“By the time you read this story, the quirky cult company…will end its wild ride as an independent enterprise.” (Fortune, 2/19/1996) “The idea that they’re going to…hit a big home run…is delusional.” (The Financial Times, 7/11/97) “Whether they stand alone or are acquired, [the company] as we know it is cooked. It’s so classic. It’s so sad.” (The New York Times, 1/25/96) “…A chaotic mess without a strategic vision and certainly no future.” (Time, 2/5/96)

Who was this doomed company that all these experts were writing about? It was Apple Computer. Of course they were wrong, and just how wrong can be spelled out in four letters: i-P-o-d. And now look: in a few months, this “delusional” company with “certainly no future” will launch the iPhone and completely change the rules of the mammoth cell phone market.

If you had been Apple in 1997, how tempted would you have been to throw in the towel? And if The New York Times wrote that your network marketing business was “cooked…so sad,” would you keep going?

We ask prospects all sorts of questions: What’s your dream, how soon do you need to earn X dollars, what are your strengths, who do you know? The other day I heard a different question, one I found especially captivating: What’s your capacity for disappointment?

I have a benchmark: when someone enrolls in the business, I don’t consider their business in serious momentum until they’ve withstood their first crushing disappointment.

My point: the future, like beauty, is in the eye of the beholder.

The hardest thing about this business is that we are all entrepreneurs: businesspeople who determine our own future. The upside: You get to set your own hours, work when you want, how you want and with whom you want; you are your own boss. The flip side: it’s all up to you. All of it.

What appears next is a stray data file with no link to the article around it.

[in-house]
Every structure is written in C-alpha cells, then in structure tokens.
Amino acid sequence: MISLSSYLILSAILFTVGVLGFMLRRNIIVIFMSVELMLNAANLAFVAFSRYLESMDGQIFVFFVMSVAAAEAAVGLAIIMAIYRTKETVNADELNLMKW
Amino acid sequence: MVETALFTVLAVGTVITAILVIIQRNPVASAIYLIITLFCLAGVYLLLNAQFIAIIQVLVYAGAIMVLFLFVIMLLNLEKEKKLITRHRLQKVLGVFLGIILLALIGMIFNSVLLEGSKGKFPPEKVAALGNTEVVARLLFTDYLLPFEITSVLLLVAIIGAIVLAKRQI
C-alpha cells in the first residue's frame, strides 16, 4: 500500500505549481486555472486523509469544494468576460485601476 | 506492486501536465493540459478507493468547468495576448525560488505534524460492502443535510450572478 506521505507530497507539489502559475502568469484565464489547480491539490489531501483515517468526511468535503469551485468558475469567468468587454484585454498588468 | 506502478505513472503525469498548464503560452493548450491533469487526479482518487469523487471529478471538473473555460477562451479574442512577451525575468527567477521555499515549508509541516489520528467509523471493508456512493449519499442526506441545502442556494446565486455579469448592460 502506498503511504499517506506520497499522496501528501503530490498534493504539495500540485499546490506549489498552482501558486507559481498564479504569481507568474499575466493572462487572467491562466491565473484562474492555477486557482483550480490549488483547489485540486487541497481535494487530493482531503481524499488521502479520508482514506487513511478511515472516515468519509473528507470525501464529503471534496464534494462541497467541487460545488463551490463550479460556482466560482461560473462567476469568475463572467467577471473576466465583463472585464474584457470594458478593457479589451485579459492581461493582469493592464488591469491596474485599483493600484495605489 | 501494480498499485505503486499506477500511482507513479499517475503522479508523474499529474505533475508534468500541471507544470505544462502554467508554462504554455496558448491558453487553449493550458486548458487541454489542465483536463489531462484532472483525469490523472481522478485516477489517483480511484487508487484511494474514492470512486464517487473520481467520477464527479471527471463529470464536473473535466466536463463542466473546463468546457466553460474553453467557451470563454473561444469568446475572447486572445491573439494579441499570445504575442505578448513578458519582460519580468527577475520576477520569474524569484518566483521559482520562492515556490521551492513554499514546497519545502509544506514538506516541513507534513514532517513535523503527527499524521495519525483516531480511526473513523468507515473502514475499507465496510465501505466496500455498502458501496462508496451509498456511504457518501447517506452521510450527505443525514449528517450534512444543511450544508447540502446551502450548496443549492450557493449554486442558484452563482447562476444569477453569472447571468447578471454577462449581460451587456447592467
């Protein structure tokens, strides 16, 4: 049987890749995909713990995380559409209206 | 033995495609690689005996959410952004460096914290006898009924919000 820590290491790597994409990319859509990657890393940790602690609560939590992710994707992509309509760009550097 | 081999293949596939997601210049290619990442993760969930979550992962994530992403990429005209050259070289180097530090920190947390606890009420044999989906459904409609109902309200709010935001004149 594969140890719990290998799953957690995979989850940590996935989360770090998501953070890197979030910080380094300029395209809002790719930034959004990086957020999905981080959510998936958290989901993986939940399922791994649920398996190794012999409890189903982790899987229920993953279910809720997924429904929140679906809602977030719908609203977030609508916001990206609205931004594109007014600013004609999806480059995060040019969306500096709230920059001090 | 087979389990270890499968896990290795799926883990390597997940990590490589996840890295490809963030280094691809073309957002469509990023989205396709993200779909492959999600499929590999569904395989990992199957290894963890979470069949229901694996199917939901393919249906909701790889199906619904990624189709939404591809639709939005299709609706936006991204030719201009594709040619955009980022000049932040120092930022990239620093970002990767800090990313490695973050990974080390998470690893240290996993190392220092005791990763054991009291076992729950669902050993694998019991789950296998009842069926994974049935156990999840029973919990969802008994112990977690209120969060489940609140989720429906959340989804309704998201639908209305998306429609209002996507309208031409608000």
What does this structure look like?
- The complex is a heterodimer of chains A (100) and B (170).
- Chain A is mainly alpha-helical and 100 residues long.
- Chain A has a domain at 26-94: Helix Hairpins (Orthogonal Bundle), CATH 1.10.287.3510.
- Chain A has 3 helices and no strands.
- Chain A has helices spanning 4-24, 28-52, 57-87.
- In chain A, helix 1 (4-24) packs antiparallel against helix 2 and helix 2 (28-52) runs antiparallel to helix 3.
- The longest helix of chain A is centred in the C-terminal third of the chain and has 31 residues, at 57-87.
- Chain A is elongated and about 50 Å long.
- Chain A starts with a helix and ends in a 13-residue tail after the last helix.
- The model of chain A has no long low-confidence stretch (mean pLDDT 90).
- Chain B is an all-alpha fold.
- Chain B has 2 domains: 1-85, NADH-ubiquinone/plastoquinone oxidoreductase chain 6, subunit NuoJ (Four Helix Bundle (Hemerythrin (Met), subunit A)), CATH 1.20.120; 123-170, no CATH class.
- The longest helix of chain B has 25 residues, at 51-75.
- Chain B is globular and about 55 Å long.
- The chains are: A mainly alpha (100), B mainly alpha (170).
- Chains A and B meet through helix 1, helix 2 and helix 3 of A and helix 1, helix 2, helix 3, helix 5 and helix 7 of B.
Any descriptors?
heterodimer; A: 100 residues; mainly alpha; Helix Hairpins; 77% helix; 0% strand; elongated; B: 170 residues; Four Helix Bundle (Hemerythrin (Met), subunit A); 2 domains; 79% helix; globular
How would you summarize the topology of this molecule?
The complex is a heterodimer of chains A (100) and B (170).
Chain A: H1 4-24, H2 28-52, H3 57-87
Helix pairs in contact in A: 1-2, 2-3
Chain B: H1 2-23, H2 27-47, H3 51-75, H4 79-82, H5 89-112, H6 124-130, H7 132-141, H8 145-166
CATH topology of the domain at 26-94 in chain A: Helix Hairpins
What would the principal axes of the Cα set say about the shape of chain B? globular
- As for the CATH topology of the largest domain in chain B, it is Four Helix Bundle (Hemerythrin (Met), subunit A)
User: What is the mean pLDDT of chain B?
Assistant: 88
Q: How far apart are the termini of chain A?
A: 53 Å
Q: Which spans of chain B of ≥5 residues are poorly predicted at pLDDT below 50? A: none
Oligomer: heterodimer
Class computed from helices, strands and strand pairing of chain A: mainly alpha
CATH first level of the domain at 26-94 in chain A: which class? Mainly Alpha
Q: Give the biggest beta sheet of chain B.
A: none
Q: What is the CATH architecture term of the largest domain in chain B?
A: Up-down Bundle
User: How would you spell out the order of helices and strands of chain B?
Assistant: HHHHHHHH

Here is one of my favorite quotes on writing (attributed to the late Jeff MacNeilly, cartoonist-author of Shoe): “Writing is easy. All you have to do is stare at a blank piece of paper until beads of blood start to form on your forehead.”

Network marketing is a little like that—only harder. You don’t build it with words, which, after all, will to some extent bend to your will, but with people, who won’t.

Most entrepreneurial businesses are like motor boats, with you as the engine. As long as you have fuel, you can putt-putt-putt anywhere in the lake. But this business is a sailboat. There is no motor: you’re the sail. And the wind? Other people. You must have or develop the capacity to be profoundly disappointed when they change direction and still maintain your faith in your future.

If you don’t, you could end up stuck in a dead calm for months. If you do, you can sail around the world.

JOHN DAVID MANN is Consulting Editor of Networking Times.